Maiza arrives at Szilard's room intending to devour him, ignoring Elmer's insistence that Maiza must not be the one to kill first. Resolute, Maiza rips the covers off Szilard's bed and is incensed upon discovering several pillows in Szilard's place.

Sylvie is pinned to the wall.

The scene cuts back to Sylvie and the hooded figure, who is revealed to be Szilard. Szilard refers to Gretto's love for Sylvie and his excitement at the thought of devouring a 'young girl', and Sylvie soon accuses him of having murdered Gretto. Several interspersed scenes show Gretto tied to a chair, and Szilard devouring him.

When Maiza and Elmer discover Gretto's clothes on and around the chair, Maiza grimly resumes searching for Szilard. Meanwhile, Nile severs Szilard's right arm in half and tries and fails to devour Szilard after he escapes to the top deck. Maiza and Elmer find Sylvie moments later; Maiza hurries after Nile while Elmer sticks around in case Sylvie feels like smiling.

Nile and Denkurō corner Szilard near the bow, blocking off his escape routes so that Maiza may approach and devour him. Elmer calls out to Szilard from where he is doing a handstand on the guardrail—only to fall overboard a moment later, distracting Maiza from the moment at hand. Szilard lunges for him with his right hand outstretched; Nile slashes him in half at his hip, and Szilard's two halves fall into the sea.

Elmer, drowning, speaks with the 'demon'.

As Elmer drowns elsewhere in the sea, the demon—speaking directly inside Elmer's head—remarks on how 'peculiar' Elmer was for trying to "get the old man's attention." Having decided that Elmer is 'fascinating', he offers Elmer one wish; although Elmer decides upon his wish, the wish itself is not disclosed.

When Elmer comes to on the ship's deck, he coughs up water and asks what became of Szilard. Although he is disappointed to learn Szilard fell overboard, he looks over at a desolate Sylvie and once more asks her to smile. Sylvie does not, instead stating she thought Elmer had no chance whatsoever.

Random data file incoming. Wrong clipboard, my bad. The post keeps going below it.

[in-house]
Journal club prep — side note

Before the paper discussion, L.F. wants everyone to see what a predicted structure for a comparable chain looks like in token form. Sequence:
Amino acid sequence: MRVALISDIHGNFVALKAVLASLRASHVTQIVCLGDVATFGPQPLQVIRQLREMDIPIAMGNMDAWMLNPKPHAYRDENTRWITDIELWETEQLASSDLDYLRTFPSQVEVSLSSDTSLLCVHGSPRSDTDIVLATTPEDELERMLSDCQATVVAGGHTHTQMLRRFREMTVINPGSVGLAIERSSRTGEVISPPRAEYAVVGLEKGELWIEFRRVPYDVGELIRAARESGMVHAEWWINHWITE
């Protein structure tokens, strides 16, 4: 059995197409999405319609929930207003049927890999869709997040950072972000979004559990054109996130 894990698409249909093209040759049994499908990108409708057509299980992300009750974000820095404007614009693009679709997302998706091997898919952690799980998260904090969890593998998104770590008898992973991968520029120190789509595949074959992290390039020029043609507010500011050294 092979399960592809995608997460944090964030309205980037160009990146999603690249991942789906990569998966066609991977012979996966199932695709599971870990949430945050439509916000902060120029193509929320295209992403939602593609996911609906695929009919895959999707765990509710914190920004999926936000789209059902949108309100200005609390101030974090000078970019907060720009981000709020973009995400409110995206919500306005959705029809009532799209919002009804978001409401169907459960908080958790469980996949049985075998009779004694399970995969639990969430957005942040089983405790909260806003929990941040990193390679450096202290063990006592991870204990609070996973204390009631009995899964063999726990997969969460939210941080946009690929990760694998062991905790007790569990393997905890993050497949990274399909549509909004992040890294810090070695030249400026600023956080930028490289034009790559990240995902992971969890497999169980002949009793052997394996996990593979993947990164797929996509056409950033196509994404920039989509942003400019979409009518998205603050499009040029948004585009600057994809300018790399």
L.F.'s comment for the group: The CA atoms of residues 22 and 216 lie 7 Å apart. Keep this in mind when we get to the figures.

As Huey observes the proceedings from the lookout platform, the formless demon confesses to him that he had not expected the devouring to start as quickly as it had. He further admits to some disturbance at the thought he is to blame for the incident, though he also remarks on the apparent proof of humankind's greed. When Huey asks why the demon is speaking with him, the demon replies that the two of them are similar: they both observe the world from a detached, outsider's perspective.

The demon sighs that he was "certain this was going to be the time," but refuses to elaborate and brushes off his remark as 'sentiment'. Huey notes that the demon is acting as if he may expect something from them; the demon merely replies that he is sure he and Huey will meet each other again.

As they talk, scenes of the immortals in the future are displayed on screen: Maiza and Firo Prochainezo, looking for a hat in the haberdashery; Czes with the mortal Mary Beriam, crawling through the Flying Pussyfoot; Begg in his drug lab; and Sylvie singing in a speakeasy.

Ronny Schiatto, 'demon' and Martillo chiamatore.

In November 1930, Maiza speaks with Ronny Schiatto, the Martillo Family’s chiamatore on the Runorata Family's interest in New York City. While he believes it would be unwise for the Martillos to provoke the Runoratas' enmity, he is confident that they have no need to fear Runorata capo Gustavo Bagetta and will not need to involve themselves for the time being.

Once Maiza leaves the office, Ronny wonders at whether Maiza truly cannot sense Szilard's ever nearer presence. He shrugs a final, "Well, no matter," invoking the demon's pet phrase.


Isaac reads out the title of the next episode, and remarks on how "Isaac and Miria" seem to have the same names as he and Miria do. Miria calls it 'weird', and Isaac declares that he and Miria will have to make sure to spread happiness around them so that they are not shown up by the other Isaac and Miria duo. Miria says that while she is not sure she understands, she finds it incredible all the same.

Differences Between the Anime & Novels[]

Click "Expand" for differences regarding the Advena Avis.